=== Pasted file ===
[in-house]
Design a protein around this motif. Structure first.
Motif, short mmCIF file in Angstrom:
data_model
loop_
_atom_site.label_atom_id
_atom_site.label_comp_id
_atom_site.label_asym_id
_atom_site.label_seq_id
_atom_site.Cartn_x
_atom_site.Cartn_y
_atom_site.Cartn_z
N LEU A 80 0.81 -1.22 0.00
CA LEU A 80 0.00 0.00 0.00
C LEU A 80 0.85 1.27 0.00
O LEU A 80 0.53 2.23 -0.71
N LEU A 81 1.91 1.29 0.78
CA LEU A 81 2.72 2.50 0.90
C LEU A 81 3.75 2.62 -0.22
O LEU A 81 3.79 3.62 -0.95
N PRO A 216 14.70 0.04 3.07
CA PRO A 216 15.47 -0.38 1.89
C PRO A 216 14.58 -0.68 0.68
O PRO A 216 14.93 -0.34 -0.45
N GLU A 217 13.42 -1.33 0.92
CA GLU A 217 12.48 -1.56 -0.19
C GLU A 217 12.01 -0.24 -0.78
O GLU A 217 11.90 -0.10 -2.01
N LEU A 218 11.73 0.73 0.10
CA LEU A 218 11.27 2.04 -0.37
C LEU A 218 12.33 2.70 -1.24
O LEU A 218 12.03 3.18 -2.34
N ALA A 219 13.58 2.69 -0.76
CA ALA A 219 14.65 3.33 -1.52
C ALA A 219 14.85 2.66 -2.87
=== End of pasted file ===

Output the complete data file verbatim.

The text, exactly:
[in-house]
Design a protein around this motif. Structure first.
Motif, short mmCIF file in Angstrom:
data_model
loop_
_atom_site.label_atom_id
_atom_site.label_comp_id
_atom_site.label_asym_id
_atom_site.label_seq_id
_atom_site.Cartn_x
_atom_site.Cartn_y
_atom_site.Cartn_z
N LEU A 80 0.81 -1.22 0.00
CA LEU A 80 0.00 0.00 0.00
C LEU A 80 0.85 1.27 0.00
O LEU A 80 0.53 2.23 -0.71
N LEU A 81 1.91 1.29 0.78
CA LEU A 81 2.72 2.50 0.90
C LEU A 81 3.75 2.62 -0.22
O LEU A 81 3.79 3.62 -0.95
N PRO A 216 14.70 0.04 3.07
CA PRO A 216 15.47 -0.38 1.89
C PRO A 216 14.58 -0.68 0.68
O PRO A 216 14.93 -0.34 -0.45
N GLU A 217 13.42 -1.33 0.92
CA GLU A 217 12.48 -1.56 -0.19
C GLU A 217 12.01 -0.24 -0.78
O GLU A 217 11.90 -0.10 -2.01
N LEU A 218 11.73 0.73 0.10
CA LEU A 218 11.27 2.04 -0.37
C LEU A 218 12.33 2.70 -1.24
O LEU A 218 12.03 3.18 -2.34
N ALA A 219 13.58 2.69 -0.76
CA ALA A 219 14.65 3.33 -1.52
C ALA A 219 14.85 2.66 -2.87